The Angkor Wat-Like architecture seen in Ayutthaya, Thailand
The ruins show that this place is a prosperous city before, it can be implied from the different and magnificent structures built during that time. Through the use of your imagination, you might as well see how grand the place is during the 17th century.
Ruins of Temples in Ayutthaya
Well, for me, the most amazing part in Ayutthaya is the beauty of the ruins with nature as its backdrop. By the way, the photo seen below is one of my favorite parts of Ayutthaya, I just learned that the name of this temple (which is my favorite amongst the other temples) is Wat Phra Mahathat. This temple has a lot of small Buddha’s on its side (although most of the Buddha’s doesn’t have a head or a hand anymore) and on the center is the bigger Buddha statue, and according to our tour guide the Buddha in the center have different costumes during different seasons.
By the way, the cause of the missing parts of the Buddha is due to a Burmese attack in Siam some decades ago. The Burmese intentionally cut off the heads and some parts of the Buddha statues. Although there’s a lot of headless or hand less Buddha’s, the vibe here gives me goosebumps, so in a way I like it here.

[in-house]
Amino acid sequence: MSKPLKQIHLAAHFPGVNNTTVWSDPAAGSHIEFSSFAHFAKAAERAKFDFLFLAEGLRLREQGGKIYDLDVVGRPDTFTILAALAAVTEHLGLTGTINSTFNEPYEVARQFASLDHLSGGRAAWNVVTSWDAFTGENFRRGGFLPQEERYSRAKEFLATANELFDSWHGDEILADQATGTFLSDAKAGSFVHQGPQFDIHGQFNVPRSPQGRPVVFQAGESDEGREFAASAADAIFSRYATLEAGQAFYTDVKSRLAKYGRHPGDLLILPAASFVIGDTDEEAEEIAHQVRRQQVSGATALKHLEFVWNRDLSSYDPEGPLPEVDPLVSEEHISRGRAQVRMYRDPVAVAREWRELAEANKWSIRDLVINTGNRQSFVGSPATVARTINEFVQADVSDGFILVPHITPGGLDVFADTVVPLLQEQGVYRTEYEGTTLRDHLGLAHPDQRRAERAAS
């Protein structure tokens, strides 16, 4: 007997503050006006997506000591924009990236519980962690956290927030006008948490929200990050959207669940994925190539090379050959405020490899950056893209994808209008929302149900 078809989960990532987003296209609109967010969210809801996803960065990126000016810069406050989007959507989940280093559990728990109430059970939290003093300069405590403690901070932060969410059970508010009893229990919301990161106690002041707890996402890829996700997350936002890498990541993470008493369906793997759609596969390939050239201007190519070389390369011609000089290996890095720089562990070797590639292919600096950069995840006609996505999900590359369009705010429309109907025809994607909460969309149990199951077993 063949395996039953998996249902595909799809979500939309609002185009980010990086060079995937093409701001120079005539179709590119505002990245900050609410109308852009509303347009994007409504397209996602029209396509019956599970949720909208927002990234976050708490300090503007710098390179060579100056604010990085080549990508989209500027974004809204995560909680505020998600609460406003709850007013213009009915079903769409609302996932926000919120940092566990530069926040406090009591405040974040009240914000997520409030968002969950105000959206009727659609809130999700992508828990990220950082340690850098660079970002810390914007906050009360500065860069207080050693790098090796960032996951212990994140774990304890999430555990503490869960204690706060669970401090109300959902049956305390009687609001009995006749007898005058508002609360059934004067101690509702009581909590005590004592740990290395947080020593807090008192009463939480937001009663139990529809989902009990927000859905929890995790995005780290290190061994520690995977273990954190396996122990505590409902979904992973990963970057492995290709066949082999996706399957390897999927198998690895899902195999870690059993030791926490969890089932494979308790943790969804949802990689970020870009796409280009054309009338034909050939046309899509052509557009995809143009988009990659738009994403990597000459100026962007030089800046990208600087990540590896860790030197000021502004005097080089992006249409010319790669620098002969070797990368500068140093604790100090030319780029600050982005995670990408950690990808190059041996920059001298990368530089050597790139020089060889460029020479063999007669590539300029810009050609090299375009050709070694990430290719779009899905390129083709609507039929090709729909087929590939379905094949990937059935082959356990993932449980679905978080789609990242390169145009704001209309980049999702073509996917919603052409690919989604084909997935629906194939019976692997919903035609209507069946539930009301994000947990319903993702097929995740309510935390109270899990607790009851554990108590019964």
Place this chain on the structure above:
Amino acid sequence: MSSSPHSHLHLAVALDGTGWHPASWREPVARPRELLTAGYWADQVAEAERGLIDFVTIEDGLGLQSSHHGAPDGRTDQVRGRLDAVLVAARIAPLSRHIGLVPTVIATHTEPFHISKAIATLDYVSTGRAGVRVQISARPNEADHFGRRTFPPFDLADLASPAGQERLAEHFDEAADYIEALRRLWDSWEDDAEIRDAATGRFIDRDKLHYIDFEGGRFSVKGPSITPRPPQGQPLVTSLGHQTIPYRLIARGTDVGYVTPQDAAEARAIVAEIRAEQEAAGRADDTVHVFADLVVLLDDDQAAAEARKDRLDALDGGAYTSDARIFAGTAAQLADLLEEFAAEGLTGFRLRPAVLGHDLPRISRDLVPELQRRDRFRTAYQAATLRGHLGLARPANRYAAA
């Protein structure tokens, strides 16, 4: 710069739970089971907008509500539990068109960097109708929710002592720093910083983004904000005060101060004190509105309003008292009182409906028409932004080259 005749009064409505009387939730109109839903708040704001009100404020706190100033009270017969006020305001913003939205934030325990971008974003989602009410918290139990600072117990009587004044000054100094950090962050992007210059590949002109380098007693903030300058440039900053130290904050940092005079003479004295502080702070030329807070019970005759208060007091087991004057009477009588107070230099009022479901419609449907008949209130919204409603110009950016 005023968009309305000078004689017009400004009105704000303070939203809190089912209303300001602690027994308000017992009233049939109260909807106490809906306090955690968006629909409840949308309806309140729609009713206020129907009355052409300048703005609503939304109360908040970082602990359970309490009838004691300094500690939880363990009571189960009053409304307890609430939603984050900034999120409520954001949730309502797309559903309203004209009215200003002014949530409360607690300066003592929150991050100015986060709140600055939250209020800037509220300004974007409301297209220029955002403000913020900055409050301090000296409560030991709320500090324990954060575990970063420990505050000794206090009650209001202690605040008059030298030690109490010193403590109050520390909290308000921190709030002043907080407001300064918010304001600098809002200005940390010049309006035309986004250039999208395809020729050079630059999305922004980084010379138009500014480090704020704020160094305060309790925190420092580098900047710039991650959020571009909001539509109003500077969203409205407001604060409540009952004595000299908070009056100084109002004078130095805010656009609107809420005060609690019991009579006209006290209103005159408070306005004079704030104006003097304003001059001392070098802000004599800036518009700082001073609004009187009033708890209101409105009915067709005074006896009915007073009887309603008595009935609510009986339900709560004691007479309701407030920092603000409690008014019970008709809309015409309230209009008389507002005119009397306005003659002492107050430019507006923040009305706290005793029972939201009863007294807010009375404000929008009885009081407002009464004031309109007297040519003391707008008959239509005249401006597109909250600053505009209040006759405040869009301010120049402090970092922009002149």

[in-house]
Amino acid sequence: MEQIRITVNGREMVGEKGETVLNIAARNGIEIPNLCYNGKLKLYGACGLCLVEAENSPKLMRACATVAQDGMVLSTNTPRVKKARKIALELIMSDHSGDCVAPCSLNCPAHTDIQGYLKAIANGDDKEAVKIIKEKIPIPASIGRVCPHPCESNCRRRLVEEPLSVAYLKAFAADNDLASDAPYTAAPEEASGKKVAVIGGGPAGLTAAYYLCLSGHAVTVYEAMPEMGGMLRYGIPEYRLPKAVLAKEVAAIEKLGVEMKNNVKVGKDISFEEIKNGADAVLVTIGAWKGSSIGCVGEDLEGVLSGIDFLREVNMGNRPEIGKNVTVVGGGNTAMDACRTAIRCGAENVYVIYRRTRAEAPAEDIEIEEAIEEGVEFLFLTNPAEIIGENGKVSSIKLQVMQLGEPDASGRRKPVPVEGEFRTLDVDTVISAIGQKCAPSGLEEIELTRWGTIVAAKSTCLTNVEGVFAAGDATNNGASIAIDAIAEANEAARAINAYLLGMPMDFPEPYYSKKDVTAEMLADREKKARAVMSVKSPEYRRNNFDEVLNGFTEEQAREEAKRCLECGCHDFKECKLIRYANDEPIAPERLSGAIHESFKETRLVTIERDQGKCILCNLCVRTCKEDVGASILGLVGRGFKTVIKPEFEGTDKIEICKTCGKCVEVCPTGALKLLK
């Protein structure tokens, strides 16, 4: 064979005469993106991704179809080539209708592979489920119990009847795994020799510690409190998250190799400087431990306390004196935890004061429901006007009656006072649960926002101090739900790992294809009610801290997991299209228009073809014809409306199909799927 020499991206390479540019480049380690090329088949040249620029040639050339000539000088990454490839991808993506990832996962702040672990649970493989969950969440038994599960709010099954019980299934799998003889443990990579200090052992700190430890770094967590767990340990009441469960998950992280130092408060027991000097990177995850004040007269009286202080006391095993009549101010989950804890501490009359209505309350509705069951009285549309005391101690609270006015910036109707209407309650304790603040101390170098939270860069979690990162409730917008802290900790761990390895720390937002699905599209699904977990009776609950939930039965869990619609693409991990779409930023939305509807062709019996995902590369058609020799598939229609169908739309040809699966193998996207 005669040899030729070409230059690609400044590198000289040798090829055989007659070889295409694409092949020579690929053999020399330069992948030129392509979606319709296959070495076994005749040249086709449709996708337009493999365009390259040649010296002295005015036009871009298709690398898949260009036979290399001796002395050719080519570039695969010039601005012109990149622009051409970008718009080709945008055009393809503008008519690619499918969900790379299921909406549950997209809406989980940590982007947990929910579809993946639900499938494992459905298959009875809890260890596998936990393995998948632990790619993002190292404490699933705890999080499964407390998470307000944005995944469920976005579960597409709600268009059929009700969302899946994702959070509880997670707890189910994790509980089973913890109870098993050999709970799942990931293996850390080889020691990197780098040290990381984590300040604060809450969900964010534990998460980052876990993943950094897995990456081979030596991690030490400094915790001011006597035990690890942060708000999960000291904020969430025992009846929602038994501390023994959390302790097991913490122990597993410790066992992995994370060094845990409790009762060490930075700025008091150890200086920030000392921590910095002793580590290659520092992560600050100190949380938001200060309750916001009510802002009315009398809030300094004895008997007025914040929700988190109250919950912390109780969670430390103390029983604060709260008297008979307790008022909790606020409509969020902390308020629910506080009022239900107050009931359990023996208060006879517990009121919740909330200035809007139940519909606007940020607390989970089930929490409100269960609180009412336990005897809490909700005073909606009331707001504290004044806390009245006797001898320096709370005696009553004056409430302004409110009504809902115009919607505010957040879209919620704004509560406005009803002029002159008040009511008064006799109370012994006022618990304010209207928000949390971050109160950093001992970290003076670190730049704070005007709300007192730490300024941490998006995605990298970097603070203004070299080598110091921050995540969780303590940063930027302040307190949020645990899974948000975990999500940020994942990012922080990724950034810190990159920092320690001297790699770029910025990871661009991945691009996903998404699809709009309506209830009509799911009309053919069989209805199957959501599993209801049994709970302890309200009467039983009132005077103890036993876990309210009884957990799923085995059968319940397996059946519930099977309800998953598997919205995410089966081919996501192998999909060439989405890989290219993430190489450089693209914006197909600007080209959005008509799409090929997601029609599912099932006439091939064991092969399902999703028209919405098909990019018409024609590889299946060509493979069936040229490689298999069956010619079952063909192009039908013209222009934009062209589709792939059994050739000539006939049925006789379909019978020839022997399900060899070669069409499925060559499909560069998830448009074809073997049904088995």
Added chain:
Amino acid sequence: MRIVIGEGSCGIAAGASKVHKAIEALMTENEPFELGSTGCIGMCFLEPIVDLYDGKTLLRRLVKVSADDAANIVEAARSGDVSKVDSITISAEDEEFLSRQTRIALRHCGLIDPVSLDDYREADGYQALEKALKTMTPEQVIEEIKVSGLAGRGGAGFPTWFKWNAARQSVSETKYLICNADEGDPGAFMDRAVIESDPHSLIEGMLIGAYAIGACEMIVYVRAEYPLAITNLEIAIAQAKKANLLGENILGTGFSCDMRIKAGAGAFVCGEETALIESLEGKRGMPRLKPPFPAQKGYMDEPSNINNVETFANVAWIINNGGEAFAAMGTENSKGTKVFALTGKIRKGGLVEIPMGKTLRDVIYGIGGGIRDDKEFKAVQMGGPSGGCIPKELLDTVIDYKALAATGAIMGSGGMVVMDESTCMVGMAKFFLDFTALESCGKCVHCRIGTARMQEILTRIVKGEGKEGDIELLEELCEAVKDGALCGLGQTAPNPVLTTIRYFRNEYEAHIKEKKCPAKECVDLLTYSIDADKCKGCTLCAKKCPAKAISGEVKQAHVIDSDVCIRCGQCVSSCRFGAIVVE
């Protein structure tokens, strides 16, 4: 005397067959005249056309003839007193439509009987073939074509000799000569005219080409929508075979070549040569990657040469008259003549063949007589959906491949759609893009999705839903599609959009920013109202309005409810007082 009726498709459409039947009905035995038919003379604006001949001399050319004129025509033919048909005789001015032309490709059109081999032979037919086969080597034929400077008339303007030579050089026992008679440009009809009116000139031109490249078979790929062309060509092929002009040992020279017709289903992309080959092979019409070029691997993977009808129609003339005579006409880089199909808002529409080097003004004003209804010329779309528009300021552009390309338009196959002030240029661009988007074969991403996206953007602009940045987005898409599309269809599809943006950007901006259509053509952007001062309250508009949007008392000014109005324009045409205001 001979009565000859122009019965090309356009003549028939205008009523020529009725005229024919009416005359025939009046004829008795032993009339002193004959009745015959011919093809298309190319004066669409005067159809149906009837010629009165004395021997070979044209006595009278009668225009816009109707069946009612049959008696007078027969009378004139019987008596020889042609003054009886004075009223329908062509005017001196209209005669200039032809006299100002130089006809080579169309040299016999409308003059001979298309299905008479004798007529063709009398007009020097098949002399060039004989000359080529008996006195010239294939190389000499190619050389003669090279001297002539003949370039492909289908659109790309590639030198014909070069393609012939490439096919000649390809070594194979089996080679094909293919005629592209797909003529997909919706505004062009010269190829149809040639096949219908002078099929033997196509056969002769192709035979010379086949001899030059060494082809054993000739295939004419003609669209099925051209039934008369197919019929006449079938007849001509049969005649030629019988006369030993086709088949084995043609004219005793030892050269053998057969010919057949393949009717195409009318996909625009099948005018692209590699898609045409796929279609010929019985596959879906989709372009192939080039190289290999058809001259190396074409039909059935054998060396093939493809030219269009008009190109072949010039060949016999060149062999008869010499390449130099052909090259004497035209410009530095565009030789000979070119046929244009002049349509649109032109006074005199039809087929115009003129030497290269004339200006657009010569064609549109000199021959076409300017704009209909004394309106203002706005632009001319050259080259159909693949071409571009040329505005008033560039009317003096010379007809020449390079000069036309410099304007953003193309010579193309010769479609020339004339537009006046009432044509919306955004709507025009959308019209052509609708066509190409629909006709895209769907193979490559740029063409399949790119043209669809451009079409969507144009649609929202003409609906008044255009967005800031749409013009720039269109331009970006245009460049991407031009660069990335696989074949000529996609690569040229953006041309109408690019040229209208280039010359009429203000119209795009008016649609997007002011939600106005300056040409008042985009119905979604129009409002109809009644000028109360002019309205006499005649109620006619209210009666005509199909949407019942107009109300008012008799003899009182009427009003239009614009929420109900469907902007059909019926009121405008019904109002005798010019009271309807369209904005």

Beautiful temple with Buddha
another view of my favorite temple
I was also amazed on the site where the head (statue) of Buddha is stuck in a tree root. This can also be found in Wat Phra Mahathat. This kind of thing made me remember tomb raider. Well Tomb Raider is shot in Cambodia but I don’t know why Tomb Raider occurred to me during that time.
The Buddha head that is stuck in a tree root
According to our tour guide, this particular head of Buddha was cut off during the Burmese attack. And during that time a monk is trying to hide it, so that he can preserve it, however, it’s so big that he cannot carry it, so he left it near the tree, and after some time, the tree roots wrapped the Buddha head. I was amazed by this, since it is somehow miraculous that the face of the Buddha was not covered by the roots of the tree.
The Buddha head wrapped in a tree root in Ayutthaya Thailand
By the way if you opt to take a picture with this tree, make sure that your head is lower than the Buddha head (so basically you should be squatting or seating), This is to show some kind of respect.